“Notwithstanding the issues related to the alleged summary killings of known drug lords and drug pushers, some 96 percent of those polled still place their trust on President Rodrigo Roa Duterte who in his campaign promise vowed to put an end to the unabated sale and distribution of illegal drugs within six months of his administration,” said Malay.
“Only 4 percent said they don’t trust President Duterte. This gives President Duterte a net positive trust rating of + 92 percent. This is by far the highest trust rating ever recorded by a newly sworn-in President in the history of Philippine politics,” he added.
The survey results, Malay said, gives the President an overwhelming mandate to fulfill his campaign promise to establish an orderly society that is free of illegal drugs and get rid of graft and corruption.
The same survey also revealed that 67 percent of the respondents declared they were in favor to bury late President Ferdinand Marcos at the Libingan ng mga Bayani (LNMB) as compared to the 28 percent who opposed. Five percent stated they do not know.
“Upon his assumption to the presidency, one of the things that President Duterte announced was his decision to allow the burial of the remains of the late President Ferdinand Marcos at the Libingan Ng Mga Bayani on the basis of the fact that the deceased President whose remains lie at the family residence in Batac, Ilocos Norte, was a former president and a soldier of the Republic of the Philippines who saw action during World War II,” said Malay.
“Understandably, President Duterte’s decision was apparently based on the current regulations of the Armed Forces of the Philippines as to who can be buried at the Libingan Ng Mga Bayani,” he added.
“The survey shows that 67 percent of those who were asked are ‘in favor’ of the planned burial of the remains of the late president at the LNMB and 28% said they are ‘not in favor’ with 5 percent saying they ‘don’t know,’” he stressed.
“While the controversy lingers and in fact is now the subject of a hearing before theSupreme Court following the pleadings of certain groups opposed to the burial of the late strongman at the LNMB, the fact remains that the President is fully authorized as Commander-In-Chief to order the burial based on the existing regulations being observedby the Armed Forces of the Philippines which is the officially-mandated caretaker of the LNMB,” he said.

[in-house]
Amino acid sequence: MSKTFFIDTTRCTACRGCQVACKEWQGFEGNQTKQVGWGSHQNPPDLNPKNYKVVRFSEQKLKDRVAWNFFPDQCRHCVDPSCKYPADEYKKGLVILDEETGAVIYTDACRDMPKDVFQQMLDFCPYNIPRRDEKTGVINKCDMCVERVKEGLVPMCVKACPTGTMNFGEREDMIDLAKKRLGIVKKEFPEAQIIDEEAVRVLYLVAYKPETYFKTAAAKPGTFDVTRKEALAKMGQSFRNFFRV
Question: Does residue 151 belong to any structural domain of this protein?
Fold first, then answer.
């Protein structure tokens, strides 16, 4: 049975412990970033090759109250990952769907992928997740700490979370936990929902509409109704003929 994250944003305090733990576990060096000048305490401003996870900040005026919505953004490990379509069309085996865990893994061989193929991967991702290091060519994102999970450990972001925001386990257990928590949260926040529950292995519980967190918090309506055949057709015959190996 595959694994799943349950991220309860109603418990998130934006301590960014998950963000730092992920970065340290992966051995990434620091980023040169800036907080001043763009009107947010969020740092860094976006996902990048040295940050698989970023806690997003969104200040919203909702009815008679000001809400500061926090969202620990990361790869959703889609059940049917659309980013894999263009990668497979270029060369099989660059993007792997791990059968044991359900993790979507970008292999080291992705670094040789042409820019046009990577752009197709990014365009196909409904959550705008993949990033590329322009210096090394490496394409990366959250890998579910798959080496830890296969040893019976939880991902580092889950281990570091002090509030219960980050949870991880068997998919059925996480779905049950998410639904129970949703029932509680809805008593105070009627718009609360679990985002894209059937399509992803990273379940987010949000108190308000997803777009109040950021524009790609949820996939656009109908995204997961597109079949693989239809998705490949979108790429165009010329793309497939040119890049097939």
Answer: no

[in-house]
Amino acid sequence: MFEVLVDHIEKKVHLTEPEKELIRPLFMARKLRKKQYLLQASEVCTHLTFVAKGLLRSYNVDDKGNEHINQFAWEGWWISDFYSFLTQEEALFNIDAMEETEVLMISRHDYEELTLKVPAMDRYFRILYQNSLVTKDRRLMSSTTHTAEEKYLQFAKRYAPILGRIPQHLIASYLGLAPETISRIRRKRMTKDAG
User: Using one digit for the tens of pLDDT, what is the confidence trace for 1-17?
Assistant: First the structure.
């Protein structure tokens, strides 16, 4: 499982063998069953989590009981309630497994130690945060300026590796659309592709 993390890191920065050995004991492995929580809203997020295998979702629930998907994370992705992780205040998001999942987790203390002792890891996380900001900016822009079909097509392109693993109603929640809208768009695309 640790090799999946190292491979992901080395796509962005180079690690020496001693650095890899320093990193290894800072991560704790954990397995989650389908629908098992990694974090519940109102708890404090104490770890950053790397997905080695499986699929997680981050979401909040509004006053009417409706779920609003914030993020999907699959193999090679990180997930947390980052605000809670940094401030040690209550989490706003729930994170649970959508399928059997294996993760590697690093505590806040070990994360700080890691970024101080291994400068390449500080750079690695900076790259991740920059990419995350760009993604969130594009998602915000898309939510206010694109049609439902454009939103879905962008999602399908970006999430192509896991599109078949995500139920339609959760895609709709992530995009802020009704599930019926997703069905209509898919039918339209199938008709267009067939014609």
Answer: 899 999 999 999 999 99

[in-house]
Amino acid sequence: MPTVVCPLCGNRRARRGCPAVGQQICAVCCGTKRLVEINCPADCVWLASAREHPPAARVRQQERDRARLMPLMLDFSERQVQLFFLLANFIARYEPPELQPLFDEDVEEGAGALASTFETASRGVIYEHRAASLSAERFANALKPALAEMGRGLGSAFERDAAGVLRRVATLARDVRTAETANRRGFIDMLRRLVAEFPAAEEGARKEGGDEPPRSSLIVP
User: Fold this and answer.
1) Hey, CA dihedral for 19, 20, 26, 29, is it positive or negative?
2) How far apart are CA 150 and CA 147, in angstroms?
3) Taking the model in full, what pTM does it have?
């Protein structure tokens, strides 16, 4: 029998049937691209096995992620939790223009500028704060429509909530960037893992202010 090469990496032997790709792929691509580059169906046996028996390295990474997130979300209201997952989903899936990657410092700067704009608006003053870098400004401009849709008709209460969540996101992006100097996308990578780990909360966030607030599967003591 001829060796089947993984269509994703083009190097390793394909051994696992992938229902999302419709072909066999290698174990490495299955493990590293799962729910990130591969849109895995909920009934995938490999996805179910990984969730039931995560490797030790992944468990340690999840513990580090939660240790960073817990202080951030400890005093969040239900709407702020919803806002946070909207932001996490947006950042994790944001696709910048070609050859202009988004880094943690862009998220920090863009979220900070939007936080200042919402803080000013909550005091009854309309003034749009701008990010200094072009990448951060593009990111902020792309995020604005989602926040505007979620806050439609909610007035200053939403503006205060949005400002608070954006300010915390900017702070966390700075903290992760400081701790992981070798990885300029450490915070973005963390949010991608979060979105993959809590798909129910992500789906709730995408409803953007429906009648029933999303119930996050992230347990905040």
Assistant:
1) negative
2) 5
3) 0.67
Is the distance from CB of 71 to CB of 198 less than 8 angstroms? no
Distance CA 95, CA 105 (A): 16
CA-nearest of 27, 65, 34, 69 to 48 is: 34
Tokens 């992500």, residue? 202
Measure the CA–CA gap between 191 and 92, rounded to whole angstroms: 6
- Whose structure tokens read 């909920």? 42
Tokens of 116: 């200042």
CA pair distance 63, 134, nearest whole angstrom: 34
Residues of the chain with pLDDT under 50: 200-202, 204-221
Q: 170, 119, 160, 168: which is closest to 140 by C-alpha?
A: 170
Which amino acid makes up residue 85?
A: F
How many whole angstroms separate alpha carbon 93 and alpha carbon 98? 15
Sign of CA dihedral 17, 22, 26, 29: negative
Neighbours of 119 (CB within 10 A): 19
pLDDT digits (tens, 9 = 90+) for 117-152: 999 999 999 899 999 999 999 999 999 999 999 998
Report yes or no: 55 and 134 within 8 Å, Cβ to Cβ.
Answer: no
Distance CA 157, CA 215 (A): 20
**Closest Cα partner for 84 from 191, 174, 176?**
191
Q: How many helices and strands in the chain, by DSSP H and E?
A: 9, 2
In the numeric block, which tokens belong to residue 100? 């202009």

While here have been numerous protest rallies and demonstrations centered in the Metro Manila by certain groups opposed to the planned burial of the late strongman, Malay said these are by no means reflective of the sentiment prevailing in other parts of the country as seen from the results of the Pulso ng Pilipino survey.
Malay said the survey was based on the traditional multi-stage probability sample of 1,200 respondents and has a confidence level of 98 percent and a margin of error of + – 3 -THE DAILY TRIBUNE NEWS
PRESIDENT DUTERTE IS A MASTER TACTICIAN
September 29, 2016
LET HIM DO HIS JOB
by Jose Alejandrino ( Former presidential assistant for economic affairs under President Fidel Ramos and general manager of now-defunct Manila Chronicle)
Jose Alejandrino said that President Rodrigo Duterte is a Master Tactician. He said that the president is not changing positions and he knows what he is doing.
” A lot of people get their knickers up by every declaration the president makes. They rush to quick judgement. They conclude the president changing positions. I don’t think so. I think the president exactly knows what he is doing. He has shown in the past he is a few steps ahead of the others,” he said.
” He is merely calibrating on his actions and he is the first one to admit if he did any mistakes,” Alejandrino added.
Life is too short to get upset over things that are not what they seem. Sometimes you need drama to make it a point in order to shock the people and put them later in awe. The President is a master tactician. Those who see the big picture understand his moves. Better not to enter into details because then the element of surprise is gone. In fighting battles, the elements of surprise is primordial in winning when the odds are stacked against you.